Local councils face a difficult winter. The Government’s latest budget means the imposition of new austerity measures. With the UK in recession and the cost of living crisis biting, the financial outlook for local government seems bleak. In London alone, councils are collectively looking at a funding gap of £400 million this year and £700 million next.
In this context, initiatives to tackle the climate crisis might not seem a priority – with the budgetary focus instead being on essential services. But what if green measures were both a good way to save money and rejuvenate the economy?
At ReLondon – a partnership between the Mayor of London and the London boroughs – we believe that moving to a low carbon circular economy is one way in which towns and cities can help tackle their current raft of socio-economic problems.
Going green isn’t an optional extra, but fundamental to easing cost of living pressures and driving inclusive, sustainable economic growth.
A circular economy is underpinned by the principle that resources are reused and made to last, rather than binned or burned at the end of their life cycle. In London alone, it could cut the city’s waste by 60%. On top of its obvious environmental credentials, going circular brings multiple economic benefits too. Our recent research ‘The circular economy at work’ found it could create over a quarter of a million new jobs in London by 2030.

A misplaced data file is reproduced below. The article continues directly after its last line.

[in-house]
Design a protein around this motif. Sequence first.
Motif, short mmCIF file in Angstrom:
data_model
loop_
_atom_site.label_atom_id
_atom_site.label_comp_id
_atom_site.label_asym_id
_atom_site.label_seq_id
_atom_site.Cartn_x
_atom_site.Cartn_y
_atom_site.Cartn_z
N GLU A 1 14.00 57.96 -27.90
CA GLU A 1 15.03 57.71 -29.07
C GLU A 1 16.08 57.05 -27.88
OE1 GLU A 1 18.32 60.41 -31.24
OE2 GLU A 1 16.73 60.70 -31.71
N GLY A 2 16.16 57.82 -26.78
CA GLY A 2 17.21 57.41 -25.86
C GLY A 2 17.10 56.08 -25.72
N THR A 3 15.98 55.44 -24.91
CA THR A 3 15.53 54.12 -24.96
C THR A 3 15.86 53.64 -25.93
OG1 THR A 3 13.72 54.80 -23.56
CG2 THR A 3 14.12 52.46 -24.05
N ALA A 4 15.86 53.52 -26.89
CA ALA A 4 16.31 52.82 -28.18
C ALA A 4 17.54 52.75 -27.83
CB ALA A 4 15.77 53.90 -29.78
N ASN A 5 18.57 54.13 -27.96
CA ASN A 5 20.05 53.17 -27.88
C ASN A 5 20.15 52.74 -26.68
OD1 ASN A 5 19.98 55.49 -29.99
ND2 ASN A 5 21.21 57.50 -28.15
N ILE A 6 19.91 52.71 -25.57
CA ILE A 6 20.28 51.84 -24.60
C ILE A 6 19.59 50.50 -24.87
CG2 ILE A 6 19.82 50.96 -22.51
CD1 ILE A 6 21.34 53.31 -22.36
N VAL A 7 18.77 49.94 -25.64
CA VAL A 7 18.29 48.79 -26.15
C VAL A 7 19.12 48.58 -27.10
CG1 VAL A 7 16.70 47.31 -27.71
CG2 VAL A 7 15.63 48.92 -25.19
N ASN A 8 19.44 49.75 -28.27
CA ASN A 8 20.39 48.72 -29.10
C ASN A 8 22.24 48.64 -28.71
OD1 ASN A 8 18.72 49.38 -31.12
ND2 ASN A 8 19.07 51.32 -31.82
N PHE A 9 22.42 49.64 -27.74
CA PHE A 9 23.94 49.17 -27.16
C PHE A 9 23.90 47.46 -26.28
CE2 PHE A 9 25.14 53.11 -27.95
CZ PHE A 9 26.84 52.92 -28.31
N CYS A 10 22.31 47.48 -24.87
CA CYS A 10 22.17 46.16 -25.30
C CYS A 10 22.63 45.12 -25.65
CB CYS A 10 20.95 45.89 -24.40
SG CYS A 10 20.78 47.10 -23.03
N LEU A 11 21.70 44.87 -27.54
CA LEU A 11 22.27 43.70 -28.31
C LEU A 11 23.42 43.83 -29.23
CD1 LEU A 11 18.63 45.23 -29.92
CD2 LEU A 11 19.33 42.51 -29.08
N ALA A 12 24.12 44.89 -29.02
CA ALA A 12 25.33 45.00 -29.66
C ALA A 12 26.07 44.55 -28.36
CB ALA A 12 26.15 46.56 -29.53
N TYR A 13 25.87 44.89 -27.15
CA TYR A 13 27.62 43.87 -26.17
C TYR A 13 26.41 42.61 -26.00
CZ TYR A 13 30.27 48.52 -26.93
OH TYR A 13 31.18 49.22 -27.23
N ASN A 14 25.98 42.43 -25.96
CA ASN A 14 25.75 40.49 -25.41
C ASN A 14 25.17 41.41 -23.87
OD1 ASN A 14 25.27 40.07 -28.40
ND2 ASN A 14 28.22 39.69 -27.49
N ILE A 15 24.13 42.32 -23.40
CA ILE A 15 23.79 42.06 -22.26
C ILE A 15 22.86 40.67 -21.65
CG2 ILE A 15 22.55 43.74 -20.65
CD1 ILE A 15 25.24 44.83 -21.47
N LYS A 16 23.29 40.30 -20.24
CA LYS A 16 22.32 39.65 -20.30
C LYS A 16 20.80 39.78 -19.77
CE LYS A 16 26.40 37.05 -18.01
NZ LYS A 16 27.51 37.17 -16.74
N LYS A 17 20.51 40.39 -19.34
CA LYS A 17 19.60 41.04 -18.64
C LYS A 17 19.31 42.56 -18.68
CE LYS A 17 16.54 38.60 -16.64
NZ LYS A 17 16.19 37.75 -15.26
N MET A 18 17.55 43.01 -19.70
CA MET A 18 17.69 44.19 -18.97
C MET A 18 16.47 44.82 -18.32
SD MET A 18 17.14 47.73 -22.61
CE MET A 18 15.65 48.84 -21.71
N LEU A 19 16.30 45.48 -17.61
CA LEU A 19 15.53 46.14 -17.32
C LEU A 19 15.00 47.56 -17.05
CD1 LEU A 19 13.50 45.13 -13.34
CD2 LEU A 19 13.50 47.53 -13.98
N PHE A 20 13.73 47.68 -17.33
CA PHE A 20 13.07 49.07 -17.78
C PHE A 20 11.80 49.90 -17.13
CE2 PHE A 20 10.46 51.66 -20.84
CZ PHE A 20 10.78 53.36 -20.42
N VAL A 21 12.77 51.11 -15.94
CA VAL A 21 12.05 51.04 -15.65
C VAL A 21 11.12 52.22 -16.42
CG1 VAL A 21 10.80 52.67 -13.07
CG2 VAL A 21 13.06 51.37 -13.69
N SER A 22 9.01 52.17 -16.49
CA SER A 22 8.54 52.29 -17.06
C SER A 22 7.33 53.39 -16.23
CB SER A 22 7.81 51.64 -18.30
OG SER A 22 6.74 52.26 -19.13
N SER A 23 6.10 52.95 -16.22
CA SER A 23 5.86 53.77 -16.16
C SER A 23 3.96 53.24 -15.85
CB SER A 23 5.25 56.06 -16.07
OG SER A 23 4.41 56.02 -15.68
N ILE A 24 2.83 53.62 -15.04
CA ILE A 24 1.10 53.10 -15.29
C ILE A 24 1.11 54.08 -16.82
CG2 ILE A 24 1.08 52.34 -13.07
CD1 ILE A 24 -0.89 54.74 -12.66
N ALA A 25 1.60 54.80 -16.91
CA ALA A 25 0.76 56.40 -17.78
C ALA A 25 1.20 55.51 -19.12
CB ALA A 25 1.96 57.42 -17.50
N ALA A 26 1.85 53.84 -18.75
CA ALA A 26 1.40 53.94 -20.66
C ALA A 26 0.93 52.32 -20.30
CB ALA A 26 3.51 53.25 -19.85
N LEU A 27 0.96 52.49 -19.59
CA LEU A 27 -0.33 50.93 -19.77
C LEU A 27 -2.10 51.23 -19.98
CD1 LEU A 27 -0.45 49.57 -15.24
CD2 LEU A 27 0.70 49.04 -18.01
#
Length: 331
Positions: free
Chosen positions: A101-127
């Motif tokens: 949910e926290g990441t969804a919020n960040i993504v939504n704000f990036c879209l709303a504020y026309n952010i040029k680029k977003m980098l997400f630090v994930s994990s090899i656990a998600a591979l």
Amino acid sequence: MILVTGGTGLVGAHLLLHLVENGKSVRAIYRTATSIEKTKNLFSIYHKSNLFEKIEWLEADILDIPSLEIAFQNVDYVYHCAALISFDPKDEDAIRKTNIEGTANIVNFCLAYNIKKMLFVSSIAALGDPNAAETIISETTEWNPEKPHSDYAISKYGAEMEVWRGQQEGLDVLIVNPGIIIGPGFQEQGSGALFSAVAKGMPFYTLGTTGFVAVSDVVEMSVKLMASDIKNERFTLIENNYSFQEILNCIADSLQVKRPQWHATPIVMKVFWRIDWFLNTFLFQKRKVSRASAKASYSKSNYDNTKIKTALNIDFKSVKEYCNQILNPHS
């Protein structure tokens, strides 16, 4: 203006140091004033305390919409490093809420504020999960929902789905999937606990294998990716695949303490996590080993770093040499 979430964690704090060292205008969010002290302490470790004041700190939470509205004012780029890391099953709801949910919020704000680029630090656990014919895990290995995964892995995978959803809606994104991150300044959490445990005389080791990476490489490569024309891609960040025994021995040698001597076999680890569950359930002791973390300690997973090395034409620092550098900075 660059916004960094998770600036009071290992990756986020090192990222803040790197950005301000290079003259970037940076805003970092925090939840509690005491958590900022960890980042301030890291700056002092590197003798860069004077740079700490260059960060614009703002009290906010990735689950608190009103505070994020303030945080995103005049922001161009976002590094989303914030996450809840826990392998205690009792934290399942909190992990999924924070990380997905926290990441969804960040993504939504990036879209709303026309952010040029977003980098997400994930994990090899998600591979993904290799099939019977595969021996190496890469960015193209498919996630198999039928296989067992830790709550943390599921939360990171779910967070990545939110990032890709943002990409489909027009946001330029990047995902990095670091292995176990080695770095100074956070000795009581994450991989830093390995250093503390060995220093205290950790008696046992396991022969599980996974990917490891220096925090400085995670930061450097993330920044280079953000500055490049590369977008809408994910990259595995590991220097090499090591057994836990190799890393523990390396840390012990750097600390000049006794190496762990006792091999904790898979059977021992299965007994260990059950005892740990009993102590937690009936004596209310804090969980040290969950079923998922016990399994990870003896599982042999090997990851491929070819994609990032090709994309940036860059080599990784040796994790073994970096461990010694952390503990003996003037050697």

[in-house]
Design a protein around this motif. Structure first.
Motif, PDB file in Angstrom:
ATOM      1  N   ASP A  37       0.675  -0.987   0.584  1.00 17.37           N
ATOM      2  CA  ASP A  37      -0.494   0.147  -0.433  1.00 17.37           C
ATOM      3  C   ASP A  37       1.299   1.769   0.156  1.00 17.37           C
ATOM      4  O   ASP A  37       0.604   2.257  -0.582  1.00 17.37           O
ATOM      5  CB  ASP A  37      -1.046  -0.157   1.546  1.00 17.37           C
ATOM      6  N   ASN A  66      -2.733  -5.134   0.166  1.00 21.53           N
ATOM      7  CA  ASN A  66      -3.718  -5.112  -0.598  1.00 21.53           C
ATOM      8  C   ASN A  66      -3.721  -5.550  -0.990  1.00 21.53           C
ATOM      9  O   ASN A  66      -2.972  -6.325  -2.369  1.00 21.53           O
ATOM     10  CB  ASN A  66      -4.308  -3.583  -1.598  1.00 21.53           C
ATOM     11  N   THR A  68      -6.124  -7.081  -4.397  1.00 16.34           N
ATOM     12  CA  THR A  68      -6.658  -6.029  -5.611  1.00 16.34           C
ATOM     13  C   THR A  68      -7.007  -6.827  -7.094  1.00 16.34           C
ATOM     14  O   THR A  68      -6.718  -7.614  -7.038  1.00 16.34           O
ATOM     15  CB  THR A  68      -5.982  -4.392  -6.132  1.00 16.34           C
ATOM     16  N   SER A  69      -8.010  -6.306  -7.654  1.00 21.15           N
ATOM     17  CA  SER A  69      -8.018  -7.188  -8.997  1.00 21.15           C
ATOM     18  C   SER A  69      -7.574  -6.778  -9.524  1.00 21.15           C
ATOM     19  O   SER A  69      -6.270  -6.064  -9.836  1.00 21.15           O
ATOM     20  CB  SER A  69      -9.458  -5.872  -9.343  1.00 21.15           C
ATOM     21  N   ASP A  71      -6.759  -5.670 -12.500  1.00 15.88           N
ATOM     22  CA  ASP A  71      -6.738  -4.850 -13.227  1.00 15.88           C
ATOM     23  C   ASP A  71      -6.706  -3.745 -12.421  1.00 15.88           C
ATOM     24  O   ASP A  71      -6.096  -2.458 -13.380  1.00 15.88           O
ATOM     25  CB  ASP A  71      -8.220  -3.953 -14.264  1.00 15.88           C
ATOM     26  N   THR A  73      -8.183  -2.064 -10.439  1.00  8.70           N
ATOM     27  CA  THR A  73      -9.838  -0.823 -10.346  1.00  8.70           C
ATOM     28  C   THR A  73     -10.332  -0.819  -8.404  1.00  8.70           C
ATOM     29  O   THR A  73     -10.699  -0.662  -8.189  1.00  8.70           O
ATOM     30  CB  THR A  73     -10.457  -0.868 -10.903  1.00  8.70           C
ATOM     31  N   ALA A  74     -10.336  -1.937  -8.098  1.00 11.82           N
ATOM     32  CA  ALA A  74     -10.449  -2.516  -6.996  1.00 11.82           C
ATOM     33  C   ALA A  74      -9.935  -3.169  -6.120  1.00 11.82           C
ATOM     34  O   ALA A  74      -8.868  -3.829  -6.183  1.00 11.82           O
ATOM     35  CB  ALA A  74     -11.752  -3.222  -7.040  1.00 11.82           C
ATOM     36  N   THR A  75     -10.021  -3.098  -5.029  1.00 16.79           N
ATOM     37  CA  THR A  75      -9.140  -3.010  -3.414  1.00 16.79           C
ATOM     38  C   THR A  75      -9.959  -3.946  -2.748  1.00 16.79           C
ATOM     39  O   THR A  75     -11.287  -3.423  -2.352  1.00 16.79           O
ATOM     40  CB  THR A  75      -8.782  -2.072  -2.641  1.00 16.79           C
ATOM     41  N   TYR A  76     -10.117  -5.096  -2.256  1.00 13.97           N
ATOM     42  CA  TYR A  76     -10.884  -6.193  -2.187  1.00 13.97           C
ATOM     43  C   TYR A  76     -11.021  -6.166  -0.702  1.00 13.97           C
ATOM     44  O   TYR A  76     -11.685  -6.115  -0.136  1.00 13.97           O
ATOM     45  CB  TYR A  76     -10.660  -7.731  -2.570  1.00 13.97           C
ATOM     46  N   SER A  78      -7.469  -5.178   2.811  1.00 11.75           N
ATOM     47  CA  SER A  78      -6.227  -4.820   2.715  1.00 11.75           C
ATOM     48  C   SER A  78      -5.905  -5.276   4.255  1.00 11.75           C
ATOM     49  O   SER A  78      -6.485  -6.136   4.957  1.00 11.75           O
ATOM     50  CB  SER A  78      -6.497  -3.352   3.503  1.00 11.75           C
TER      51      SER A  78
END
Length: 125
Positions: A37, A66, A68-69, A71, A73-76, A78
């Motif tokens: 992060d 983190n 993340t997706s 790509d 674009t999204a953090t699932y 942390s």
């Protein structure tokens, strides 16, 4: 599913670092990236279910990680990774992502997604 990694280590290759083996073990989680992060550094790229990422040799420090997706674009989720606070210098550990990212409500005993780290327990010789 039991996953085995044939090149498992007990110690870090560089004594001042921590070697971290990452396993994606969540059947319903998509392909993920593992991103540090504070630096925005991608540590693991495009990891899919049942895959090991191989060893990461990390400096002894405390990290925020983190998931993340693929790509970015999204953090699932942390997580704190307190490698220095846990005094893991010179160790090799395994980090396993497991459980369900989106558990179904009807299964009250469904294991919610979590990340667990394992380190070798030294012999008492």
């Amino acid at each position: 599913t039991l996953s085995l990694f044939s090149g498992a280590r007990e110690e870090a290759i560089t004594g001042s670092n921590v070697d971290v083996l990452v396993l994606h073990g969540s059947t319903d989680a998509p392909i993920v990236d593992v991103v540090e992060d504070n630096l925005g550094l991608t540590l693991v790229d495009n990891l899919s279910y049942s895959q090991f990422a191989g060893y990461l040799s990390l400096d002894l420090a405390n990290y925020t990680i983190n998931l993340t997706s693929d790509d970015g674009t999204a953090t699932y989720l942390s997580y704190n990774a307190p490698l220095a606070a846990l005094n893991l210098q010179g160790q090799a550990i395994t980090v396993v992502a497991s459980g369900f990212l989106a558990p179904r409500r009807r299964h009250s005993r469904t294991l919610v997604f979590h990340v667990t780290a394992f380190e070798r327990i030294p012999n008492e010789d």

These well-paid, accessible new jobs would be driven by the waste sector continuing to collaborate with businesses and local authorities to recirculate over a million tonnes of material. They would also be created by the provision of refill and repair services, as well as scale new business approaches like sharing, renting or leasing products instead of buying them new – like children’s clothing rental services or electric car subscriptions.
A circular economy can also help households build longer-term resilience against spiraling costs, by helping them make more out of the stuff they already own. It also provides residents access to resale and sharing platforms or rental businesses like the Library of Things.
In London, we’re revolutionising our relationship with stuff to establish our city as a global leader in sustainable ways to live, work and prosper. By providing a range of local authority support offers to help leverage the benefits of the circular economy , we’re on a mission to help councils and residents reduce both their costs and environmental impacts by going circular. The reality is that going green isn’t an optional extra, but fundamental to easing cost of living pressures and driving inclusive, sustainable economic growth.
This article was first published in the Local Government Chronicle.
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